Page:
I normally wouldn’t say anything when these tragedies occur. Maybe because I’ve seen too many times that nothing happens.
But after I heard my sister LaNise Babb say at a peaceful protest last weekend in Topeka, “Use your platform” and “educate,” I’ve felt compelled to speak out. So I am speaking to you as a son, brother, friend, former classmate or teammate, co-worker, physical therapist, husband and father who happens to be a black man.
I can only handle watching a few minutes of the news right now and often resort to watching cartoons just to make myself feel better and pretend we don’t live in a world where people who look like me are viewed as inferior. I don’t like thinking that if something like this were to happen to me that nothing would change, that my community would be destroyed, or more people would be hurt.
I used to think things weren’t that bad and the way I was living was normal, but I think you’ll find that there’s nothing “normal” about it.
When I’m at the grocery store, I walk in the center of the aisle and make sure I don’t put my hands in my pockets. If I do have to get my phone out, I just keep it out so no one thinks I’ve stolen anything. For this same reason, I don’t bring in any outside gum or food.
If I’m out shopping for clothes or shoes, I’m often greeted promptly by what seems like a helpful employee. It’s the part where they linger nearby and tidy up things that are already tidy that lets me know they think I’m up to no good. I wish I was overexaggerating this one, but these tactics were part of our training when I worked retail for “loss prevention.”
Out in parking lots, the subtle sound of doors locking is all too deafening. If it’s late or dark out, I have to make sure I take a wider path to get to my car or jingle my keys so that people can know I’m coming.
If I’m wearing a hoodie and I’m out in public, I usually don’t put the hood up, even if it’s super cold outside. This is something I’ve been doing since I saw what happened to Trayvon Martin.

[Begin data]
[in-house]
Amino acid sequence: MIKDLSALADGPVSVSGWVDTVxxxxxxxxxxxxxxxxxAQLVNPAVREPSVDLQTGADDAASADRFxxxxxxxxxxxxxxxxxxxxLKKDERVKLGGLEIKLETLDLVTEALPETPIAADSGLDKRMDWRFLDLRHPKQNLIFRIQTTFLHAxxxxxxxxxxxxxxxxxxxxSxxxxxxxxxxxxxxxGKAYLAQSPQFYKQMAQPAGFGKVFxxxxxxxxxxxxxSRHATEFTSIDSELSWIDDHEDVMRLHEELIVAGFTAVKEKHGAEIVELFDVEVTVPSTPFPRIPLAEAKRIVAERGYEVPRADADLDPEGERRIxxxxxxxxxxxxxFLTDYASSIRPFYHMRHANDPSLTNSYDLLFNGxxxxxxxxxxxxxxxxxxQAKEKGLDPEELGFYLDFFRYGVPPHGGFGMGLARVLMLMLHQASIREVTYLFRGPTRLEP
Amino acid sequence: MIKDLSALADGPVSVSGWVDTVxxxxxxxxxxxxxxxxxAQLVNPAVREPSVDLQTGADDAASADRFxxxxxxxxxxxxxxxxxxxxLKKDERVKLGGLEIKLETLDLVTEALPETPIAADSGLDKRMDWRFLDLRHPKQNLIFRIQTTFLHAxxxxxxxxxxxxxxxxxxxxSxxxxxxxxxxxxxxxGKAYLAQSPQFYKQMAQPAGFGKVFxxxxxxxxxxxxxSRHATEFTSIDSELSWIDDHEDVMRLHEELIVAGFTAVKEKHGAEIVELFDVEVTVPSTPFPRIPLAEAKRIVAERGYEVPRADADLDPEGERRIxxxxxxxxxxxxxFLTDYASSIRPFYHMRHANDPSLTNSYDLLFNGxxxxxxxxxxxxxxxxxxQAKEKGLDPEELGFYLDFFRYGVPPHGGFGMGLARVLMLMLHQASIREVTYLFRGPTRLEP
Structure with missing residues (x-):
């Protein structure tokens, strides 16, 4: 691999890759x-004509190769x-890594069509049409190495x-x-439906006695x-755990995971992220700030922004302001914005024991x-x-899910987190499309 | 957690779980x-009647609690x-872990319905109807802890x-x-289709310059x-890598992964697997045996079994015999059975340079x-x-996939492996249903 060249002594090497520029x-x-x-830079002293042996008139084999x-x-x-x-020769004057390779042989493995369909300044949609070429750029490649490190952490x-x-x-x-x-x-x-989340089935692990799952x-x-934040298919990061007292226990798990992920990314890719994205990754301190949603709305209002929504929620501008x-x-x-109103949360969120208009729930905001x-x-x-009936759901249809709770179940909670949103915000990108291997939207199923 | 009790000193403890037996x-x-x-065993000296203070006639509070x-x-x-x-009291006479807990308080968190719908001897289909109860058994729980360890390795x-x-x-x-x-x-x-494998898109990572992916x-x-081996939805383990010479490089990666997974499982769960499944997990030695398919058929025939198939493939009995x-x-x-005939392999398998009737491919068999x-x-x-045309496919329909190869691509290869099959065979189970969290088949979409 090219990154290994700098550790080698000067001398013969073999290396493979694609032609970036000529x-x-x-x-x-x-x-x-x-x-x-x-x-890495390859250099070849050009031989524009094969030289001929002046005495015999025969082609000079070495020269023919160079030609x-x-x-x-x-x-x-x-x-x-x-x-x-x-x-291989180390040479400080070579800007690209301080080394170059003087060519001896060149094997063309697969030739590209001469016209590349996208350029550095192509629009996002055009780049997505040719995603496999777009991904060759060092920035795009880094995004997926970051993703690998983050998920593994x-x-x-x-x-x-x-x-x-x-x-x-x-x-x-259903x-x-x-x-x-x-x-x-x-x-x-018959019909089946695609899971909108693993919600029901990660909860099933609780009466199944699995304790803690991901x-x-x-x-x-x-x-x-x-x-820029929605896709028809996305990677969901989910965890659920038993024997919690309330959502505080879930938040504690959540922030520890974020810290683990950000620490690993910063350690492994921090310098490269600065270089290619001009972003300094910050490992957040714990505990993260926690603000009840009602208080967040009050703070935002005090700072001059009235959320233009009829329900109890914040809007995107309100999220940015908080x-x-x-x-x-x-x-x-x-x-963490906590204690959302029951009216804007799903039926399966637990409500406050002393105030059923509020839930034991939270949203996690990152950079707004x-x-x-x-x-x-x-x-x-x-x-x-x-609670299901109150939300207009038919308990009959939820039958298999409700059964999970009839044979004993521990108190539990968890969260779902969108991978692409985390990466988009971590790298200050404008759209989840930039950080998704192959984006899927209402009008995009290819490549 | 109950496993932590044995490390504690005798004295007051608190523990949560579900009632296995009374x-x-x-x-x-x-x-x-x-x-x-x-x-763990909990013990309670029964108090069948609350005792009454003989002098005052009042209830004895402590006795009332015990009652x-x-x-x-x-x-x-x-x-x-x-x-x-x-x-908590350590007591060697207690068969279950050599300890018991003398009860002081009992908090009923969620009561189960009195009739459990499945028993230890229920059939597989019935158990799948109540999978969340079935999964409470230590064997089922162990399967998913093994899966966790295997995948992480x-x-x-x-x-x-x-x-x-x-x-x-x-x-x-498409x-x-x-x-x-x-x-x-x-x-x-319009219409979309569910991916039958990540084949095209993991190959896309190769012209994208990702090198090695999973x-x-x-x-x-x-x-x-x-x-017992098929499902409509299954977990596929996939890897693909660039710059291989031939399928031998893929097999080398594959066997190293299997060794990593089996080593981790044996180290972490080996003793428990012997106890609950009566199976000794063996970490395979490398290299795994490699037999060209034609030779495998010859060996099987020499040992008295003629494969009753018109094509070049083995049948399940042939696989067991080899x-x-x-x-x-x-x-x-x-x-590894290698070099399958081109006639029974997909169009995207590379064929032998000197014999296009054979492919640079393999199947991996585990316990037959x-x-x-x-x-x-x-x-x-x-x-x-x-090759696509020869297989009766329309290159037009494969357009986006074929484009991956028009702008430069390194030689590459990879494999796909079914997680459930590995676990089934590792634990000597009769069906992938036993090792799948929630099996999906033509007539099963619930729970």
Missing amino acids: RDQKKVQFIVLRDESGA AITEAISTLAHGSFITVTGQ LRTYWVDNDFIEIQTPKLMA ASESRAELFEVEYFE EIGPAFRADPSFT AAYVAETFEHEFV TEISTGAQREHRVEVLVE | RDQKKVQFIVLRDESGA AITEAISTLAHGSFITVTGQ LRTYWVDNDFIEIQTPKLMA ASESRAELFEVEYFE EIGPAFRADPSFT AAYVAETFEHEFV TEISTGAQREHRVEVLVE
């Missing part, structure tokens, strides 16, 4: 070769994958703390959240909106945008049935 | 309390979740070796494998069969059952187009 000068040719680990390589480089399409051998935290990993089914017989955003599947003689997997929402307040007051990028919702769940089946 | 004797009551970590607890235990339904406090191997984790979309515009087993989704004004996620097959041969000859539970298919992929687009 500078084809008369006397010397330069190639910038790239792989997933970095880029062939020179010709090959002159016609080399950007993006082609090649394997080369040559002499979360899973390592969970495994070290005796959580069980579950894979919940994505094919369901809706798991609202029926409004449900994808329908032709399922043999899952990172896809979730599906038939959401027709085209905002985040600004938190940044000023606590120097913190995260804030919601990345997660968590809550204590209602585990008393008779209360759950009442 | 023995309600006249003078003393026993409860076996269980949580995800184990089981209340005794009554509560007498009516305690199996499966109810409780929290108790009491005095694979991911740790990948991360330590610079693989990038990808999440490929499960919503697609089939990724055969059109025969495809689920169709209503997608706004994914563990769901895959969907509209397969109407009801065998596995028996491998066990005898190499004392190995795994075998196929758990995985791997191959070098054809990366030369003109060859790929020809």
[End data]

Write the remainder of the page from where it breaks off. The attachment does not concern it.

When I drive, I do everything in my power to obey the traffic laws — driving the speed limit, wearing my seat belt, staying off my phone, using my turn signals etc. — to minimize the likelihood of being stopped.
If I’m going to go for a run in my neighborhood, I make sure I’m with my son, wife and/or our dogs just so my neighbors aren’t afraid of me. I did this even before Ahmaud Arbery’s death, but I haven’t had the courage to go out since then.
One thing I’ve noticed is that these things tend to happen a little less often when I’m wearing my work clothes, smiling and using a fancy vocabulary. But it’s gotten to a point where I can’t live comfortably because I’m spending all my time ensuring that OTHER PEOPLE feel comfortable.
My parents would warn me about these things when I was growing up. I would do what they told me but still didn’t think that would happen to me. I got good grades, played sports, was involved in numerous activities, went to college, and have a doctorate. But it doesn’t matter. The second I’m in an environment with people who haven’t had the opportunity to spend time with me, I’m just another black man.
Being young, strong and fast are thought to be good traits for an athlete, but they are perceived as making that person a greater threat in the real world. It’s even worse for those of us with a darker complexion because it’s viewed as scarier, so we have to work even harder to put others at ease.
Soon I’ll have to start teaching my 2-year-old son about the world so that a police officer doesn’t accuse him of selling drugs or stealing his own car, which happened to his old man.
To clarify for some folks out there, all lives do matter. Black Lives Matter, TOO. This cycle has to end now. Believe that these things are going on even when the cameras aren’t rolling. It’s going to take all of us to stand up for real change.
So everyone, please be safe out there and don’t forget we’re still in the middle of a pandemic.
John Babb is a physical therapist in Topeka.